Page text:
A few years ago, while working on a power sector roadmap, a conversation turned to the perceived problems created by a lack of a comprehensive energy sector policy. Surely power sector planning would be better, my friend suggested, with a clearer policy in place to guide the substantial investment decisions required to meet growth reliably and efficiently. In this time of resolution-making for the year just begun, what would a good energy policy look like?
A good energy policy would look very different from the energy policies discussed in most countries in the region. Too often the temptation is to focus on specific targets. Hong Kong has focused on a mix of nuclear, gas and coal-fired power based on a “50:40:10” ratio. Policy makers and utility planners in several other countries also think of energy policy in terms of a specific fuel mix target—how much of each type of fuel should the country be using by some future date. Such “quantity-based” thinking is a mainstay of the classic approach to power sector planning. But the world does not stand still. Just as fast as they can be made, simplistic long-term targets can become obsolete.
The alternative to quantity-based thinking is price-based thinking. For students of optimization theory, quantity-based thinking is the primal; price-based thinking is the dual. The primal is all about the quantity needed to meet the objective, given the various constraints that exist. The dual, in contrast, reaches the same outcome by focusing on the price signals. The dual is market-based thinking. Given increasing exposure to global fuel and commodity markets and increasingly complex choices, price signals, particularly fuel price signals, have become much more relevant to the power sector.
Energy policy also has to change—to shift from quantity-based targets to more flexible process-based approaches in which dynamic and ever changing fuel prices are acknowledged explicitly. An energy policy that establishes a target for various fuel types by some date far in the future borders on the foolish. The fuel mix should be an output of a comprehensive, rigorous and continuously evolving decision process, not an input, and certainly not a benchmark against which to measure progress over time. Energy policy is really about process. If the outcome is that 40% of the fuel mix turns out to be natural gas in 2020, well that is just fine. But if the outcome is different, well, that is fine too, provided that all the right factors have been accounted for properly along the way.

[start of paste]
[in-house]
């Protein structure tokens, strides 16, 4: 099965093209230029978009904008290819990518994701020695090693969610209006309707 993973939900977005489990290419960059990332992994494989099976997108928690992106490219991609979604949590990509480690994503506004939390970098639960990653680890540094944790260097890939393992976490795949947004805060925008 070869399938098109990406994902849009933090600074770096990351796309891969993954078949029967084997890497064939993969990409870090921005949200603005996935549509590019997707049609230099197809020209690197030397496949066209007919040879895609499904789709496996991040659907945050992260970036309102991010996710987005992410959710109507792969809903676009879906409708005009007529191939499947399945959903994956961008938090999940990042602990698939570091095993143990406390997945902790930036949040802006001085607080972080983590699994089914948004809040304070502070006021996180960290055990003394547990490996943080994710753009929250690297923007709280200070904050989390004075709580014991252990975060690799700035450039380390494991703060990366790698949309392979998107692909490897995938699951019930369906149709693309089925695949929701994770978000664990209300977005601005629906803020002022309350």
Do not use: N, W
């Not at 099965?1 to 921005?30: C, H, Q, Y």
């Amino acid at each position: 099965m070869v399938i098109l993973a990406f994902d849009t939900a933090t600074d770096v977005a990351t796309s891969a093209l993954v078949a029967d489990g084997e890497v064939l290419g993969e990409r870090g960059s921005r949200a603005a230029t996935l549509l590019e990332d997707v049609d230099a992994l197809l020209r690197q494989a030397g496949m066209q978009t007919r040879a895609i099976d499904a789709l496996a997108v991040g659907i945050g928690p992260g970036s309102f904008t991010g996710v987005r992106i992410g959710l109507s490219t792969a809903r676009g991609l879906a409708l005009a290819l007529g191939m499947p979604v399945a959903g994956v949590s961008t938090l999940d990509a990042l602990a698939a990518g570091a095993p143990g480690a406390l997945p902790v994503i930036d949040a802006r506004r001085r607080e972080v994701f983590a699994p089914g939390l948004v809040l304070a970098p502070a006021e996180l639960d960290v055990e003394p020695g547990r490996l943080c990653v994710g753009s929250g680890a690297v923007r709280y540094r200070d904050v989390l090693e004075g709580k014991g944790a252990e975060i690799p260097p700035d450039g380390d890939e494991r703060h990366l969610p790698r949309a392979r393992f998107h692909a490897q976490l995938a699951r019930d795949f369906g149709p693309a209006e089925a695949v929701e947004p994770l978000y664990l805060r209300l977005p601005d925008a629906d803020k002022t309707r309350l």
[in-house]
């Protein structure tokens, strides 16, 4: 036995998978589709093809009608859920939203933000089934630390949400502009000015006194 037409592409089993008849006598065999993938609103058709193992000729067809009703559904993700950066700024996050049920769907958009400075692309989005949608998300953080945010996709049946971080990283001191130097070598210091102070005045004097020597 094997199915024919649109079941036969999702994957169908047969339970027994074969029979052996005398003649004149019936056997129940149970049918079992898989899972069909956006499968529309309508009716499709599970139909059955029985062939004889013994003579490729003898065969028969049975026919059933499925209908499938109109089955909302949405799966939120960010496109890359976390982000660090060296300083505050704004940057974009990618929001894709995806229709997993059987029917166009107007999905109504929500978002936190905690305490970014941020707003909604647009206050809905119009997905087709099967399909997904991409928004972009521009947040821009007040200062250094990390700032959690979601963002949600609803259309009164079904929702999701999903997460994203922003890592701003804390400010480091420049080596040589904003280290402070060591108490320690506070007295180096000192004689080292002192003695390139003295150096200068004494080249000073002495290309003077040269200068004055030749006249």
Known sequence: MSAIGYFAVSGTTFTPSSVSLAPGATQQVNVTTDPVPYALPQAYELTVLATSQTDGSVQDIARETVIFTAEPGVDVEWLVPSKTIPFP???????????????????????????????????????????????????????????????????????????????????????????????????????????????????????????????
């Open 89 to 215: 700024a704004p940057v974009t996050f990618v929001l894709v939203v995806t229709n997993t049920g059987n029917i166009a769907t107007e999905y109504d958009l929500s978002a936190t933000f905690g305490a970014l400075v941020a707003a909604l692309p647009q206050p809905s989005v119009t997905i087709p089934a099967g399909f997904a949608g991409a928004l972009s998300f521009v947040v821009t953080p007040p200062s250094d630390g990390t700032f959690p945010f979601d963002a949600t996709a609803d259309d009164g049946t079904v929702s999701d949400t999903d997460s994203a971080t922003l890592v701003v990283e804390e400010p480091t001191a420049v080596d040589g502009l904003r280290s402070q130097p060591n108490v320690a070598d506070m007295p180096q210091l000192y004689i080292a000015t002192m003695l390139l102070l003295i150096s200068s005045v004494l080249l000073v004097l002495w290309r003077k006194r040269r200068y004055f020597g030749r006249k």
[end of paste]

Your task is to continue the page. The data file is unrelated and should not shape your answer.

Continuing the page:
So here’s one wish list for 2012 and beyond. It may seem a bit precious and pure, but the various elements, done right, have proven value for commercial investors, consumers and policy-makers alike:
• Economic regulation by a specialist, competent and well-resourced regulatory body, independent of the policymaking sectors of government, with a clear mandate to maintain alignment of prudently incurred costs, risks and tariffs;
• Regulatory decisions that are timely, consultative, guided by a clear statement of objectives and reviewable on process and merit;
• Recognition that when a fuel is used to generate power, it is the opportunity cost of that fuel—the potential value that fuel has in an alternative use—that establishes its economic value in short-term dispatch and long-term investment decisions, not the fuel’s administered, subsidized or accounting-based cost;
• Development and consistent application across all technologies and fuel options of environmental and emission-related factors;
• No discrimination against any technology or fuel-type except that which is justified based on a clearly stated, rigorously determined and consistently applied policy framework;
• Recognition that a policy regime that expects world-class reliability and efficiency but does not support commercially prudent financial investment will inevitably achieve neither;
• Recognition that access to “cheap” capital on the back of government ownership, involvement, assurances or support may simply make it easier to do the wrong thing quickly;
• Enhancements to planning and evaluation processes so that the decisions taken are subjected to a level of rigor similar to that which an investor subject to market forces in a competitive business would apply;
• Recognition that efficient use of power requires that consumers have information and face prices that are consistent with the costs incurred to serve them;
• Recognition that smart grids are not smart without smart policies, smart consumers and smart utilities;
• Recognition that an investment decision that has not yet been made is subject to review and reconsideration at any time as new information becomes available;
• Recognition that, of “cheap”, “fast” and “good”, only two are possible at a time, and that there may be very little agreement concerning what “cheap”, “fast” or “good” actually mean.
Until these various tenets are more broadly recognized, output-oriented energy policies—“we target a 50% of our future generation mix to be gas-fired”—may sound attractive. The clarity of such statements, however, belies an utterly exasperating over-simplification of what is a fundamentally complex issue. If your objective is simply to achieve a fuel mix target by a given date, then just get on with it. But if you seek to make sensible decisions about risk and reward, emissions and energy security and how much it will all cost and who will pay for it, then there is much that can be done, beginning with a fundamental redefinition of what is meant by the words “energy policy”.
The views expressed in this column are the author's own and do not necessarily reflect this publication's view, and this article is not edited by Asian Power. The author was not remunerated for this article.
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